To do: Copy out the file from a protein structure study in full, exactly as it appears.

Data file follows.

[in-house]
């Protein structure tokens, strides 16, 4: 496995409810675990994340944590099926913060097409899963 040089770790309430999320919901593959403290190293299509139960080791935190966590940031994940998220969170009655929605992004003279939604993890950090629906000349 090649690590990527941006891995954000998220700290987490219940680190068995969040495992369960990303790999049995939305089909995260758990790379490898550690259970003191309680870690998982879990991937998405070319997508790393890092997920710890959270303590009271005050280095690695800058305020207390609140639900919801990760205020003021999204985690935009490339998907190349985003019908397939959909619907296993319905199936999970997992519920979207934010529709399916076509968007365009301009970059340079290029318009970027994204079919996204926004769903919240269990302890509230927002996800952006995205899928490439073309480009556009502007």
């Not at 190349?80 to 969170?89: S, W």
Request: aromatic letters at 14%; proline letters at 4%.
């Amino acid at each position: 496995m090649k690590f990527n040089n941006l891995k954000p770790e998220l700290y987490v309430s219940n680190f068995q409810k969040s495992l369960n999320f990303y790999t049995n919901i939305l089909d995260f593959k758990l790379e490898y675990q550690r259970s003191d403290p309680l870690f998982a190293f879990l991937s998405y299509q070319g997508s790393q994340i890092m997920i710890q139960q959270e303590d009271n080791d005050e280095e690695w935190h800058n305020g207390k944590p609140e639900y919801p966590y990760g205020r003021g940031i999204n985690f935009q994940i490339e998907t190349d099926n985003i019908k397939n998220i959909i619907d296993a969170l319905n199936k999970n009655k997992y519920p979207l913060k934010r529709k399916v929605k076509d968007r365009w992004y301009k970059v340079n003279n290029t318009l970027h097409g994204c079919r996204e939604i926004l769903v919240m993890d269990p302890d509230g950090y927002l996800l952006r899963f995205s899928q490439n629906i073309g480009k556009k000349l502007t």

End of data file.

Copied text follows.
[in-house]
């Protein structure tokens, strides 16, 4: 496995409810675990994340944590099926913060097409899963 040089770790309430999320919901593959403290190293299509139960080791935190966590940031994940998220969170009655929605992004003279939604993890950090629906000349 090649690590990527941006891995954000998220700290987490219940680190068995969040495992369960990303790999049995939305089909995260758990790379490898550690259970003191309680870690998982879990991937998405070319997508790393890092997920710890959270303590009271005050280095690695800058305020207390609140639900919801990760205020003021999204985690935009490339998907190349985003019908397939959909619907296993319905199936999970997992519920979207934010529709399916076509968007365009301009970059340079290029318009970027994204079919996204926004769903919240269990302890509230927002996800952006995205899928490439073309480009556009502007």
């Not at 190349?80 to 969170?89: S, W």
Request: aromatic letters at 14%; proline letters at 4%.
């Amino acid at each position: 496995m090649k690590f990527n040089n941006l891995k954000p770790e998220l700290y987490v309430s219940n680190f068995q409810k969040s495992l369960n999320f990303y790999t049995n919901i939305l089909d995260f593959k758990l790379e490898y675990q550690r259970s003191d403290p309680l870690f998982a190293f879990l991937s998405y299509q070319g997508s790393q994340i890092m997920i710890q139960q959270e303590d009271n080791d005050e280095e690695w935190h800058n305020g207390k944590p609140e639900y919801p966590y990760g205020r003021g940031i999204n985690f935009q994940i490339e998907t190349d099926n985003i019908k397939n998220i959909i619907d296993a969170l319905n199936k999970n009655k997992y519920p979207l913060k934010r529709k399916v929605k076509d968007r365009w992004y301009k970059v340079n003279n290029t318009l970027h097409g994204c079919r996204e939604i926004l769903v919240m993890d269990p302890d509230g950090y927002l996800l952006r899963f995205s899928q490439n629906i073309g480009k556009k000349l502007t």